Posts Tagged ‘Melissa Etheridge’

Wally Badarou

Sunday, October 14th, 2012

Listen: Theme From Countryman / Wally Badarou

This single sits front of the 7″ soundtrack section in a wall shelf that I pass everyday of my life, when I’m in town that is. Suddenly it occurred to me, I had no idea what it sounded like. Well that’s all changed. If ‘Theme From Countryman’ had lyrics, I could sing you every last one at this point, that’s how many times it’s been on repeat. One of many lessons learned: never dump a record, you just can not predict know when it may become a cornerstone in your collection.

As an unofficial member of Level 42, Wally Badarou held little interest to me, and his endless studio involvements somehow the same. Boy, was I stupid.

Firstly, his accomplishments are an eye opener: a member of The Compass Point All Stars with Sly & Robbie, Barry Reynolds, Mikey Chung and Sticky Thompson, the in-house recording team of Compass Point Studios responsible for a long series of albums by Grace Jones, Joe Cocker, Black Uhuru, Gwen Guthrie, Jimmy Cliff, Gregory Isaacs, Robert Palmer, Marianne Faithfull, Herbie Hancock, M, Talking Heads, Melissa Etheridge, Manu Dibango and Miriam Makeba. Yeah, gasp.

Secondly, a gifted composer of incidental film music, possibly even harder to do well than calculating a Top 40 hit.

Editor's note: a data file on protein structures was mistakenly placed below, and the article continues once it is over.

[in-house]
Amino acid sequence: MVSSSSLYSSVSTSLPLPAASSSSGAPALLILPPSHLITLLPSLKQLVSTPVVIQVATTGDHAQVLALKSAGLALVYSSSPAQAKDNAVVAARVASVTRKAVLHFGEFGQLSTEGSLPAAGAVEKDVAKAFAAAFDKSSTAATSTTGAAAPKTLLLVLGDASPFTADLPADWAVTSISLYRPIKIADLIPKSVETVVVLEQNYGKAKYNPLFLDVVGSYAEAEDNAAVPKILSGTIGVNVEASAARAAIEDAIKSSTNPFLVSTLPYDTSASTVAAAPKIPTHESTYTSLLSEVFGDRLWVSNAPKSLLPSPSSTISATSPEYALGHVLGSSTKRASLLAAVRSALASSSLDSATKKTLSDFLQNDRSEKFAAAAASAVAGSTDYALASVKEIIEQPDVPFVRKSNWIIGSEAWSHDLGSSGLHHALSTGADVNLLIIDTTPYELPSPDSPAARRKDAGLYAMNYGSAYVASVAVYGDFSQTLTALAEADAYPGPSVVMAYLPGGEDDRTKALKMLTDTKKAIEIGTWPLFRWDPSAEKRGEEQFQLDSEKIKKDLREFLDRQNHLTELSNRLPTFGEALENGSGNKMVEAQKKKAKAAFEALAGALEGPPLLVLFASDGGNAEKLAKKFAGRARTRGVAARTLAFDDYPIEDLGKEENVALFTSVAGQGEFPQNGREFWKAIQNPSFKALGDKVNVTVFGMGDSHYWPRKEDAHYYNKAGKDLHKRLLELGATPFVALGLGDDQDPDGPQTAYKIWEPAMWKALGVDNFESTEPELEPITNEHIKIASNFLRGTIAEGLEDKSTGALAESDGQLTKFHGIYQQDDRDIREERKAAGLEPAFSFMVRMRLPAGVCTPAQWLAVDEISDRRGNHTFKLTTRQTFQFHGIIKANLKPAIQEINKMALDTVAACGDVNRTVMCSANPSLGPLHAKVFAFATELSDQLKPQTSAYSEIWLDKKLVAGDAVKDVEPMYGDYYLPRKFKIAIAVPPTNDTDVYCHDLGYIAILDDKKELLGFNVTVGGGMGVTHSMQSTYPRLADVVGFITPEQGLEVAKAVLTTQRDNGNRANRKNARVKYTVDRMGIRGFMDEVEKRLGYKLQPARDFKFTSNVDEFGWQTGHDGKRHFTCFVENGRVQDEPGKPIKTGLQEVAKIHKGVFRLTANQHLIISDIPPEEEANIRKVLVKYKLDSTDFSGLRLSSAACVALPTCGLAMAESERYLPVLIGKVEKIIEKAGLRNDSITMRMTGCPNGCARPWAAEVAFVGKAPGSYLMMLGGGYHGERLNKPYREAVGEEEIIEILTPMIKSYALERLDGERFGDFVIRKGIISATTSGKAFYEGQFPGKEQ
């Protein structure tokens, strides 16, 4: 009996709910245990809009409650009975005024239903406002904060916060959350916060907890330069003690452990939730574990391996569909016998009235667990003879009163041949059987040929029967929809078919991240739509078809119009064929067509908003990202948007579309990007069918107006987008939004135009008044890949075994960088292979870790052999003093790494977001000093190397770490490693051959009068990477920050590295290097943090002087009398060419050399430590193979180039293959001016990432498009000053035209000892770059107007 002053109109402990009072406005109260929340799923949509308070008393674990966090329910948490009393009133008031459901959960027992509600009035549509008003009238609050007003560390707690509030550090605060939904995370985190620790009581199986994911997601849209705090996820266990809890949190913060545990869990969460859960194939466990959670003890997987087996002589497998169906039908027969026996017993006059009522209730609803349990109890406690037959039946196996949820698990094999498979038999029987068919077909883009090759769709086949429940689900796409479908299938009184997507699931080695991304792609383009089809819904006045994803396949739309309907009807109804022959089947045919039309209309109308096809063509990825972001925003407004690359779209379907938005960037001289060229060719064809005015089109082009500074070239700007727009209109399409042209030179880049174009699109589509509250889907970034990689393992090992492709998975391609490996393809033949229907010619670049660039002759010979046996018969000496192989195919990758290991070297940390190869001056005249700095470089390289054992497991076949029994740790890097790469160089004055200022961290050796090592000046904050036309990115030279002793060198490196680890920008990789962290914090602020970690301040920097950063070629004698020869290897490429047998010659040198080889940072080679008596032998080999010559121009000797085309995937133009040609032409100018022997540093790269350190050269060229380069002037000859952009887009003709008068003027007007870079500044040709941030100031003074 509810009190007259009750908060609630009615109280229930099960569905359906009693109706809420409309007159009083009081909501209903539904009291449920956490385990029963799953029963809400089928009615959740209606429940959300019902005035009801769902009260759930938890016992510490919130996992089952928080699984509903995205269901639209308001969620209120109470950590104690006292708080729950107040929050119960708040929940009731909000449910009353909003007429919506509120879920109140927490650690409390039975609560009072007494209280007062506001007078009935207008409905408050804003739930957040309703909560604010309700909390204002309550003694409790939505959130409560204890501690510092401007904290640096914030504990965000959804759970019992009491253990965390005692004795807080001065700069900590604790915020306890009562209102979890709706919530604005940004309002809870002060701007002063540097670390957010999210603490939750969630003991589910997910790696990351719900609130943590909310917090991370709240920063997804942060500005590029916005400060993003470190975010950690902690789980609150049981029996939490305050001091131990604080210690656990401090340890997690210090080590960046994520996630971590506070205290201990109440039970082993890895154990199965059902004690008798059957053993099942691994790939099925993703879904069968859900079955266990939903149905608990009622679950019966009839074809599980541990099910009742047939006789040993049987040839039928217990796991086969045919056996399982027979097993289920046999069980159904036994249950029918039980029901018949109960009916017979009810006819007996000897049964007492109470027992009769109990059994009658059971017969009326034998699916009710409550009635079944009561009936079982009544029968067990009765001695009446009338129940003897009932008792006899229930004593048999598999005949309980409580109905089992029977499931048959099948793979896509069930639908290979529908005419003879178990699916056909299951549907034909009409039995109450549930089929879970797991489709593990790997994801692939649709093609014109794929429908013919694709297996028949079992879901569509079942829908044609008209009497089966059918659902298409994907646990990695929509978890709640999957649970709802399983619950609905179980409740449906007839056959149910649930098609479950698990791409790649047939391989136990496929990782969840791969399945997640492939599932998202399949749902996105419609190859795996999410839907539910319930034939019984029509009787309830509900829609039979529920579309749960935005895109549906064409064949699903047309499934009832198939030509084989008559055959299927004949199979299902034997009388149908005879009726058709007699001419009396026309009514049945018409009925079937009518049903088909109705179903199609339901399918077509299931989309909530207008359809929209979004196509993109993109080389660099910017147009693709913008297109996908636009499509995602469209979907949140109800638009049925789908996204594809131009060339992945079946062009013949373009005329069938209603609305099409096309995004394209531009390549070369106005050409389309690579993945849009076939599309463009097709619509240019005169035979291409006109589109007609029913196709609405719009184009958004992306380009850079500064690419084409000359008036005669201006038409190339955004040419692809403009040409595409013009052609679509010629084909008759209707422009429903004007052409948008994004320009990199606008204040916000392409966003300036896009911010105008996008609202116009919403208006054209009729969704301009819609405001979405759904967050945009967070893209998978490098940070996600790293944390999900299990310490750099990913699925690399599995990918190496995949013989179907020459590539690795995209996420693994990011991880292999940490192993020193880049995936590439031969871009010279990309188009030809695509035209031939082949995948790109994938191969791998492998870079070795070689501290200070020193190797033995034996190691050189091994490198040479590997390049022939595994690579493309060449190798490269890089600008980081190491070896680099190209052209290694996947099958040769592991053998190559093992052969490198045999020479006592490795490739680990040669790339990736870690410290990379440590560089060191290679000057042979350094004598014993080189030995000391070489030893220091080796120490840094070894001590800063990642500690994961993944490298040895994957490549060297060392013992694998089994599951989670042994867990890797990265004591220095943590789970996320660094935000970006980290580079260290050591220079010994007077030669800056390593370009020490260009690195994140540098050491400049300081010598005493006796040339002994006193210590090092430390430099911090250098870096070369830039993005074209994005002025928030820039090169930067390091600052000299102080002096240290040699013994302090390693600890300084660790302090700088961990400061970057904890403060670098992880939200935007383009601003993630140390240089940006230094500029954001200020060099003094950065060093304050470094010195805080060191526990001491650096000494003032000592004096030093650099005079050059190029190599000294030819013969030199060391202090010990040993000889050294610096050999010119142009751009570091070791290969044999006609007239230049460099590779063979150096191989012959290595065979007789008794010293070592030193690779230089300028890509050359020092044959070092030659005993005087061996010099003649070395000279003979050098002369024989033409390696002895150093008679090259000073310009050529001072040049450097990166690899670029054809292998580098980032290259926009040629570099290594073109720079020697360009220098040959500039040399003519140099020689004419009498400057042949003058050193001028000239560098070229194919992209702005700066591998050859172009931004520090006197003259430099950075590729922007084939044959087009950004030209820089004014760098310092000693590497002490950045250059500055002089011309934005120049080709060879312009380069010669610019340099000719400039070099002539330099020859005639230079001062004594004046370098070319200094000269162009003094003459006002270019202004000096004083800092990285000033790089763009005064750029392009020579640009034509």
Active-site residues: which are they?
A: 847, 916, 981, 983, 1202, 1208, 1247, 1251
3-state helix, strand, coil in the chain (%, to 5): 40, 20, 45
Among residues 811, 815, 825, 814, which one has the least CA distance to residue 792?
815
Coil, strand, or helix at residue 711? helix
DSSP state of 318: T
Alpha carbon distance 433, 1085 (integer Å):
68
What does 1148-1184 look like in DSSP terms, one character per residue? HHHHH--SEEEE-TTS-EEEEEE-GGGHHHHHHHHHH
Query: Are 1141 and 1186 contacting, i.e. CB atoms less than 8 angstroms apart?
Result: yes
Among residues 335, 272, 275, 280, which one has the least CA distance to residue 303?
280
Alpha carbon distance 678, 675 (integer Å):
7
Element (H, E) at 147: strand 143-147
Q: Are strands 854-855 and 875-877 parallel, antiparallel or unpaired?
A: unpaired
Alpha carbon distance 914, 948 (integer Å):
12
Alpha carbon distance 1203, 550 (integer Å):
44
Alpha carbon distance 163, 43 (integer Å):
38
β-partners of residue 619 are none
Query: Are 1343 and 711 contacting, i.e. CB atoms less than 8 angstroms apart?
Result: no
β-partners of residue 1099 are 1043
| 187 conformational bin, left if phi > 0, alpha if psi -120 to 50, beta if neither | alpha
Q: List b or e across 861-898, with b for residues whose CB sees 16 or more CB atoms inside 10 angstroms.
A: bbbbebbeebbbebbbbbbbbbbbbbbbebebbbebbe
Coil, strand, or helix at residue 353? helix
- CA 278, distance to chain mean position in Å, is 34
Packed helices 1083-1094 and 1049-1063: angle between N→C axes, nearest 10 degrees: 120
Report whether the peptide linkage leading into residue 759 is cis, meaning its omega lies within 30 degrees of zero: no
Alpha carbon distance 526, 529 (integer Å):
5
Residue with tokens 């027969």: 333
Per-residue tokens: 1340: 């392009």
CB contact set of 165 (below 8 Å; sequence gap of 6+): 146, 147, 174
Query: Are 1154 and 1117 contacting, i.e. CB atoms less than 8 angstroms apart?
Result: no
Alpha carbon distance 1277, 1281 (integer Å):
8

The single lead me to pull out the full length COUNTRYMAN double album soundtrack, thereby discovering, upon a typical credit scour, that Kwaku Baah played a big part in the musician lineup. Currently obsessed with his annoyingly under appreciated and extremely scarce TRANCE album from ’77, credited to Kwaku Baah & Ganoua, I rabidly advise finding a copy. And while you’re at it, both the COUNTRYMAN soundtrack and it’s accompanying 7″.


Tuesday, April 10th, 2012

Listen: Groovemaster / Arrow

The Island offices on 4th Street, right above Tower Records, were a real hubbub of activity back in the late 80′s and early 90′s. Seems a day wouldn’t go by when at least someone from the roster would stop by. Julian Cope, Phranc, Toots Hibbert, Bootsy Collins, Melissa Etheridge, Etta James, Third World, Rakim, Marianne Faithfull, Anthrax. Seriously, there was never a dull moment.

Arrow lived locally, and seemed genuinely thrilled to have a group of friends at the company, all of whom attended his many in Central Park or SOB’s shows. He was forever a happy jolt to any workday.

Seeing him live was a quick trip to carnival, there was no way you could have a bad time. For an hour or so, everyone danced and laughed and got rid of all their troubles. Sounds all very patronizing I’ll agree, but it really did happen that way.

Despite some of the sonic trappings of his Mango releases, like those electronic drums for instance, overall I have the fondest memories of ‘Groovemaster’ and those days when it was a current single. Not being one for Latin music, like truly not at all, ‘Grooovemaster’ just slides by unscathed. Hey, after all, it was World Music. Most importantly, it’s only possible to remember the good times associated with all things Arrow.